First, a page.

Many people put off purchasing their first home because they do not feel comfortable navigating through the process of buying a house, or perhaps because they feel they will not qualify for home financing. However, whether you are confused about the process, uncertain about what type of home is right for you, or unsure that you can meet financial requirements, there is plenty of help available to you. You just need to know where to look.
When you work with a real estate agent, you can obtain a great deal of assistance with buying your house. These agents are typically familiar with home prices, crime rates, schools and other neighborhood concerns in the areas in which they sell homes. Your agent can work with you to determine your housing and budgetary needs and can then recommend, and take you to see, a number of appropriate houses.
If you are a first-time homebuyer, there is likely a lot you do not yet know or understand about the house-buying process, such as how how to make a bid on a home, how far you can go when negotiating on a price, how much earnest money must be put down to secure the purchase and how to back out of a deal if a home inspection shows significant problems. Your agent can help you through every step of the process all the way until you close on the home and recieve your keys.
The biggest stumbling block for many potential homeowners is in coming up with a down payment. Many lenders require you to put at least 10 percent down on a house, though financial advisors will tell you to put 20 percent down. This is because if you do not have at least 20 percent down, lenders will require you to pay for private mortgage insurance (also known as PMI) until you have paid enough toward your principal to have 20 percent equity in your home. This can add up to thousands of dollars lost.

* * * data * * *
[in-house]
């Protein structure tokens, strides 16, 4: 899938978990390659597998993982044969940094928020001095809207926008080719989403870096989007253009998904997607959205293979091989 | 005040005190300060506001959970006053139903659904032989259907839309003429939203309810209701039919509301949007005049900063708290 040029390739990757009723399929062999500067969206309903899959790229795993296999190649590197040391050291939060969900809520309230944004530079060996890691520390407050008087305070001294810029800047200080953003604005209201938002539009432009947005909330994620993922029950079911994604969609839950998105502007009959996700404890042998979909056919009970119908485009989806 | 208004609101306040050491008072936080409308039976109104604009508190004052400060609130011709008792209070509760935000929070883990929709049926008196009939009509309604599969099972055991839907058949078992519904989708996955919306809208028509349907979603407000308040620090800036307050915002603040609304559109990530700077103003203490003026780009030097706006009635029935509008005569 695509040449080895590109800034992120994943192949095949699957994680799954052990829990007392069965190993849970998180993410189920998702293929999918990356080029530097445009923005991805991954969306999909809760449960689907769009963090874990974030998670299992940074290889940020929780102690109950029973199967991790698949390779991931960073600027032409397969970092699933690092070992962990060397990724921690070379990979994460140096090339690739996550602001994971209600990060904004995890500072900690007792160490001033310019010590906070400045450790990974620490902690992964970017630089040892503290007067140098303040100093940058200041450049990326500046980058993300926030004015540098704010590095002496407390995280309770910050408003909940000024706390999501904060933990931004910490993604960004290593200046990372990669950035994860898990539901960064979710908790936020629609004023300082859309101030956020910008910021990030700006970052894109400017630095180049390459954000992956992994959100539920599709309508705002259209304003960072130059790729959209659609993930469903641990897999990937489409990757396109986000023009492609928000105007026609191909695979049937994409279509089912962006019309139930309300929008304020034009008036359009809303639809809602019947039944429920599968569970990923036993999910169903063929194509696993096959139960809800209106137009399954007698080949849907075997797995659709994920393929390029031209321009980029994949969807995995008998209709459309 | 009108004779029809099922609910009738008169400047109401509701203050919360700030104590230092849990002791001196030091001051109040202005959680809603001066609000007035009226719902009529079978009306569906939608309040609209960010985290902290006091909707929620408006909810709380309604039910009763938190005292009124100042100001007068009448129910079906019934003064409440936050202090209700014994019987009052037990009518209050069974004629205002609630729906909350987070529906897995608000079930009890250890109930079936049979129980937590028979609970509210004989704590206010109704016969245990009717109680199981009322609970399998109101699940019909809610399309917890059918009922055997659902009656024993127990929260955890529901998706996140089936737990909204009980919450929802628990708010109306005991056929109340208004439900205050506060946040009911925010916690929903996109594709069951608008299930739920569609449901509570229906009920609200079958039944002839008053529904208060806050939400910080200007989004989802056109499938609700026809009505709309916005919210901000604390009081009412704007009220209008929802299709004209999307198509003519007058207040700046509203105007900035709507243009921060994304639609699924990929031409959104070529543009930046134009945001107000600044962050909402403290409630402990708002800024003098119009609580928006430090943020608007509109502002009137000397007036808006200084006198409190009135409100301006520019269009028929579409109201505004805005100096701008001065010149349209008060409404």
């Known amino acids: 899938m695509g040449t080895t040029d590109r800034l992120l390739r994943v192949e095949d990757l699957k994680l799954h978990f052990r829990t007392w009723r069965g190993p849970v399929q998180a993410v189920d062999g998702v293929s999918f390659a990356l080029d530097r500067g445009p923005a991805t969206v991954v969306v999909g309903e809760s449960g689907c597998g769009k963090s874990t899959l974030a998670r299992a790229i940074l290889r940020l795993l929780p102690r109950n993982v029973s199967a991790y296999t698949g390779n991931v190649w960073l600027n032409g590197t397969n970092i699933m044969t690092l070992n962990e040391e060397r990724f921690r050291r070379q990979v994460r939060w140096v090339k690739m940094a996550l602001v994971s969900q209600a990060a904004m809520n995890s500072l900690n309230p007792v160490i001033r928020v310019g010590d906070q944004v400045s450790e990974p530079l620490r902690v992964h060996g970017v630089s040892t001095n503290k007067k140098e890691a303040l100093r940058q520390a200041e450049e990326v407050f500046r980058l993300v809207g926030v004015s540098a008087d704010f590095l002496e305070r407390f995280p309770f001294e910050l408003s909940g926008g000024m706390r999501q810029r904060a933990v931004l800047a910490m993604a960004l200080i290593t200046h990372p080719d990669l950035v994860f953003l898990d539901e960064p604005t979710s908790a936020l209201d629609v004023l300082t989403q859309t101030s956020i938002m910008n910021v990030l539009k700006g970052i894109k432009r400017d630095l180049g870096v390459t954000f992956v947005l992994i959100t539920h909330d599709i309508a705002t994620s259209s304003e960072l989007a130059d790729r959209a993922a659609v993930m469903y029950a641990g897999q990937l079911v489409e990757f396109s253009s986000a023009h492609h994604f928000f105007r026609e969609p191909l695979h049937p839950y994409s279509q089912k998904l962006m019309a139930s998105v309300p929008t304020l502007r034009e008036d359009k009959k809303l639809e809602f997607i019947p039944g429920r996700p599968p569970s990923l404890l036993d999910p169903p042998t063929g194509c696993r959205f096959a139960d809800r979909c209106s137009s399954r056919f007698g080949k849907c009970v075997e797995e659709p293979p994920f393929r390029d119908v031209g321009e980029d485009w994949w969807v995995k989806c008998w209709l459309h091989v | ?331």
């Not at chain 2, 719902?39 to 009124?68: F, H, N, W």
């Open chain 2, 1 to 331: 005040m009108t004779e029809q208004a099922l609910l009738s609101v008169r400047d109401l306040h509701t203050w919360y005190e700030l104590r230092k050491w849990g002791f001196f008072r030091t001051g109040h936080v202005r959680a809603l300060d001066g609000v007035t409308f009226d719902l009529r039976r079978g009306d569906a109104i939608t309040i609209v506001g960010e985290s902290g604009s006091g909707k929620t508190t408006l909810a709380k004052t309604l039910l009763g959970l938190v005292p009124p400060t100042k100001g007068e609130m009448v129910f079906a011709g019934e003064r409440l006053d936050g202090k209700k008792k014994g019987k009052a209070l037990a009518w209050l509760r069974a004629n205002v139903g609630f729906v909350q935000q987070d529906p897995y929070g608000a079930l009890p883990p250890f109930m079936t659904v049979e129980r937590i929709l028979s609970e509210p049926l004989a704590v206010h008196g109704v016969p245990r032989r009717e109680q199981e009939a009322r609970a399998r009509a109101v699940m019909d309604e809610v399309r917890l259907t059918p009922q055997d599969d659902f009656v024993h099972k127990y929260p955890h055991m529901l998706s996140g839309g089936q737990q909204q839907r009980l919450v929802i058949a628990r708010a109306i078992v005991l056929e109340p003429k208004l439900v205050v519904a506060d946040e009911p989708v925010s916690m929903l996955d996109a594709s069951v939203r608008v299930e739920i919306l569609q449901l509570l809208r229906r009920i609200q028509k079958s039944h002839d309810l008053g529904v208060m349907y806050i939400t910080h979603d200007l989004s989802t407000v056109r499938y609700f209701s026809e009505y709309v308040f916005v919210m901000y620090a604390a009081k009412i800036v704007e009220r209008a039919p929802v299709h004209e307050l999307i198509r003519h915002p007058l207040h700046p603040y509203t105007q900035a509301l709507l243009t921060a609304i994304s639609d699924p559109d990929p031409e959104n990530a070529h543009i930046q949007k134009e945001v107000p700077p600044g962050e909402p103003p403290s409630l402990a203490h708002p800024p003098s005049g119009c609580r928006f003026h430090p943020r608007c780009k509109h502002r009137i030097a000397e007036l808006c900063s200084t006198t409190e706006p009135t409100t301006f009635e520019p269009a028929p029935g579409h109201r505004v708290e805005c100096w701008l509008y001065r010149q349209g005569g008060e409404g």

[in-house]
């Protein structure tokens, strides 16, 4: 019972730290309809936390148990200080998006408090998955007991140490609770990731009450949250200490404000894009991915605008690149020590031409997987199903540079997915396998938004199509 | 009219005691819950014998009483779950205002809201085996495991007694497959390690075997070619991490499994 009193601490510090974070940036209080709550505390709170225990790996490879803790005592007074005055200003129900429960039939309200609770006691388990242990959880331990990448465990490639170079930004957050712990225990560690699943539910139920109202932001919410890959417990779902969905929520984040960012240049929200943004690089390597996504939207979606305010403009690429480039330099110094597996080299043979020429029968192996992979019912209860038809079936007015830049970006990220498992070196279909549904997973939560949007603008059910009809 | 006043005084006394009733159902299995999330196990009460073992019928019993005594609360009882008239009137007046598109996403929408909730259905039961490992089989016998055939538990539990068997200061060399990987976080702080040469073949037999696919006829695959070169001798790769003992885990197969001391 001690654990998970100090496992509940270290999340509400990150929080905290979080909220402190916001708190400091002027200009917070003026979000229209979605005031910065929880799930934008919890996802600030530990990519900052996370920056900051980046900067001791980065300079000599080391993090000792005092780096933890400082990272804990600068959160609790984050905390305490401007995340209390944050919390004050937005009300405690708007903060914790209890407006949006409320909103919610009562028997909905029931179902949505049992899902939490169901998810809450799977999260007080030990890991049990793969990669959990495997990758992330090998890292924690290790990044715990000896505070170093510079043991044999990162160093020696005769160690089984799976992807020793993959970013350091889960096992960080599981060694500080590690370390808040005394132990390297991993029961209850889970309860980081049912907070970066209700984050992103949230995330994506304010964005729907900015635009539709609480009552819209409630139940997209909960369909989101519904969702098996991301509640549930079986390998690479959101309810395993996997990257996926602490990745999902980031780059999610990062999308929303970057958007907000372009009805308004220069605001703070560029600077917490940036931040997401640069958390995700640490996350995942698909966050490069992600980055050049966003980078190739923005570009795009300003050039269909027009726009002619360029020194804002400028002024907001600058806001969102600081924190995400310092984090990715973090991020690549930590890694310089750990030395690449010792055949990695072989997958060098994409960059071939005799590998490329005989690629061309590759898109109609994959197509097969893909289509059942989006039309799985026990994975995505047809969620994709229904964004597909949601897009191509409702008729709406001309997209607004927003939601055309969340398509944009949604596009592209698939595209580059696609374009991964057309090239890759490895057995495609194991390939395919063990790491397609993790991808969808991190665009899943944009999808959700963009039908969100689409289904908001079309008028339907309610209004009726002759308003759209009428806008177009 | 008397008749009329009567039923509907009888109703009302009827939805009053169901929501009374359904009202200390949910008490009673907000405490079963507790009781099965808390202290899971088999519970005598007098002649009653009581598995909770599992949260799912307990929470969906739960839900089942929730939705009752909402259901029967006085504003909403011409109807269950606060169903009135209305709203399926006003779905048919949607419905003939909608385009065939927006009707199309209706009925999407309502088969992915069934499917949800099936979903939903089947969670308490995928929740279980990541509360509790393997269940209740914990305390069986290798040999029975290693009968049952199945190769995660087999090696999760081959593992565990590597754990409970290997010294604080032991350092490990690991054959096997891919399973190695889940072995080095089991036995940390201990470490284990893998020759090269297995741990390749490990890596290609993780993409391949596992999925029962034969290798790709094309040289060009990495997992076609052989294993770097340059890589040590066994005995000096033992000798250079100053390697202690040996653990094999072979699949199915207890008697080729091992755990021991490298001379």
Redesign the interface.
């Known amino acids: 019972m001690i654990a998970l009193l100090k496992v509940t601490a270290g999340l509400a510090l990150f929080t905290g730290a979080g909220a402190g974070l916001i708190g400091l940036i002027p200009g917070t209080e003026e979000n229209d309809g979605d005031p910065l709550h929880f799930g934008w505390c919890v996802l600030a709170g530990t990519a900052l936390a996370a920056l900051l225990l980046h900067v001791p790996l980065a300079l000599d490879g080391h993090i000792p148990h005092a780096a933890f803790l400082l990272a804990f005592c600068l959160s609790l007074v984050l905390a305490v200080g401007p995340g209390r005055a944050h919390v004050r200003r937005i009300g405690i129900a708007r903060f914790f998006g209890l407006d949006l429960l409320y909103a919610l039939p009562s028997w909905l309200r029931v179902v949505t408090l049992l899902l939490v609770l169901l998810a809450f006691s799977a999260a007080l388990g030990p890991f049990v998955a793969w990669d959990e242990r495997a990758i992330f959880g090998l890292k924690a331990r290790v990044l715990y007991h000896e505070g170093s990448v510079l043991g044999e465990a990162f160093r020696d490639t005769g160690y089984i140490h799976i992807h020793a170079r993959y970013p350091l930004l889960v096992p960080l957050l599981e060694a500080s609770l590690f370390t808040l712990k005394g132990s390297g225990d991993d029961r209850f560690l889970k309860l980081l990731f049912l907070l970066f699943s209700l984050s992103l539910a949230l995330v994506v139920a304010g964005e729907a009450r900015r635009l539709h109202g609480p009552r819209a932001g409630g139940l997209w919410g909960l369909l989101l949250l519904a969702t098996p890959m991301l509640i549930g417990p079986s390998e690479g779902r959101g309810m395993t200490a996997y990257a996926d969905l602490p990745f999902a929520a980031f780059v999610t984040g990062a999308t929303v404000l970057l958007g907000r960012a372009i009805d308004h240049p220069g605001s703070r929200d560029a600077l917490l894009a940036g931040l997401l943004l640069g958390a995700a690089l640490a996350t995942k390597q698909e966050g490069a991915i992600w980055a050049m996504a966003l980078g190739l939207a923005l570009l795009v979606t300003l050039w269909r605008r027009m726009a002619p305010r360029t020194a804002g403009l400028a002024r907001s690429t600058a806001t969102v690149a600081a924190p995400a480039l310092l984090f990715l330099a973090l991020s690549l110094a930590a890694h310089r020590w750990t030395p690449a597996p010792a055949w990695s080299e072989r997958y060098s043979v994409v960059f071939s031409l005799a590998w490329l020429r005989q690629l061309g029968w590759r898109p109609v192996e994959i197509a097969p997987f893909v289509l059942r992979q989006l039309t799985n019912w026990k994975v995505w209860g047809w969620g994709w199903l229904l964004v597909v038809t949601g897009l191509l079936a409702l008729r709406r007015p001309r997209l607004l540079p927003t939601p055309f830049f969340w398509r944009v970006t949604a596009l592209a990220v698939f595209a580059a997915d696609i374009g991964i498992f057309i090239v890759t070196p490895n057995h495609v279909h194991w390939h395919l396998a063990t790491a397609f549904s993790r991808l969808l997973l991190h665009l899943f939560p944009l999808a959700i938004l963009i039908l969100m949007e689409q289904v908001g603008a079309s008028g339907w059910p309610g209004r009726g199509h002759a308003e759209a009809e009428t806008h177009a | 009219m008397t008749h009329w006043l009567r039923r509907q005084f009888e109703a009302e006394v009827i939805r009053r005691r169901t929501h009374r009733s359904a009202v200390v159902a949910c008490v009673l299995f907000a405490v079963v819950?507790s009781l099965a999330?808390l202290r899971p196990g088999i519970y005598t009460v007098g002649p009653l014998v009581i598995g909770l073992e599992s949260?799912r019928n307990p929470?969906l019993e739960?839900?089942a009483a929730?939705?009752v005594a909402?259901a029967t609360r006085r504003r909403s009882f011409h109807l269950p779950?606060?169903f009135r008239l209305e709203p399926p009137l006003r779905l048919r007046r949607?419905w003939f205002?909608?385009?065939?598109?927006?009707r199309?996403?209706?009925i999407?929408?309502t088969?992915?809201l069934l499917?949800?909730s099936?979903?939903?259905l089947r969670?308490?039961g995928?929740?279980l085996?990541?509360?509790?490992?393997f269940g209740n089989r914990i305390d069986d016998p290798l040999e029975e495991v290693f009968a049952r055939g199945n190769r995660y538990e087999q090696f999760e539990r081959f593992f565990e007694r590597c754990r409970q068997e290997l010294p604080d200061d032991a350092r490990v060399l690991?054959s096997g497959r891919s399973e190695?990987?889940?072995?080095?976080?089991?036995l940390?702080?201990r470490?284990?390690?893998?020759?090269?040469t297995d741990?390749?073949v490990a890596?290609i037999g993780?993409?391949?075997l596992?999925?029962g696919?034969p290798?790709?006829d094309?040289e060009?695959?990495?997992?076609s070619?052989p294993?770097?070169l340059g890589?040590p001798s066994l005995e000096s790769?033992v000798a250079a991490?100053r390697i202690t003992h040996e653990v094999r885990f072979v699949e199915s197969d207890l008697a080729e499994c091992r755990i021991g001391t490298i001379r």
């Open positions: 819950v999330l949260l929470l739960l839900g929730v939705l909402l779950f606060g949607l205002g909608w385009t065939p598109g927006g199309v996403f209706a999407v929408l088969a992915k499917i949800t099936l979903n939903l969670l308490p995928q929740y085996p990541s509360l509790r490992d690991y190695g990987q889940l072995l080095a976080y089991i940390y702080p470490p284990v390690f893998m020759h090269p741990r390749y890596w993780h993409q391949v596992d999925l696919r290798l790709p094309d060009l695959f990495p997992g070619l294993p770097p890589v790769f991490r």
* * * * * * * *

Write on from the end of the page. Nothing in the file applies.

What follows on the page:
If you qualify as a low-income or disabled resident, there are a number of national, state and local charitable foundations that may be able to help you with your down payment, some of which are listed later in this article. If you are working with a real estate agent, your agent might also be able to recommend some organization to which you can apply for financial assistance.
Another option you have is to get help from the seller of the home by engaging in a rent-to-own agreement. The way these programs work is that you and the seller draw up an agreement wherein you will rent the home for a number of years, during which a portion of each rent payment will go toward a down payment on the home. After an agreed upon number of years, typically 3 to 5, you will have built up enough and can then purchase the home.
Sarah Siddons and Chris Opfer of How Stuff Works advise that you should make sure you are entering into a clear and written contract with the leasing party. They also warn that if you choose not to buy the home after a couple of years, you will lose the money you have put toward the down payment. However, the rent-to-own system provides great help with buying a home for those who cannot afford a down payment.
Bad credit can lead to very high interest rates and even the inability to qualify for a mortgage. However, bad credit is not something that is impossible to overcome. There are a number of credit-counseling programs available throughout the United States that can help you learn to manage your money better and help you get on the road to a positive credit score.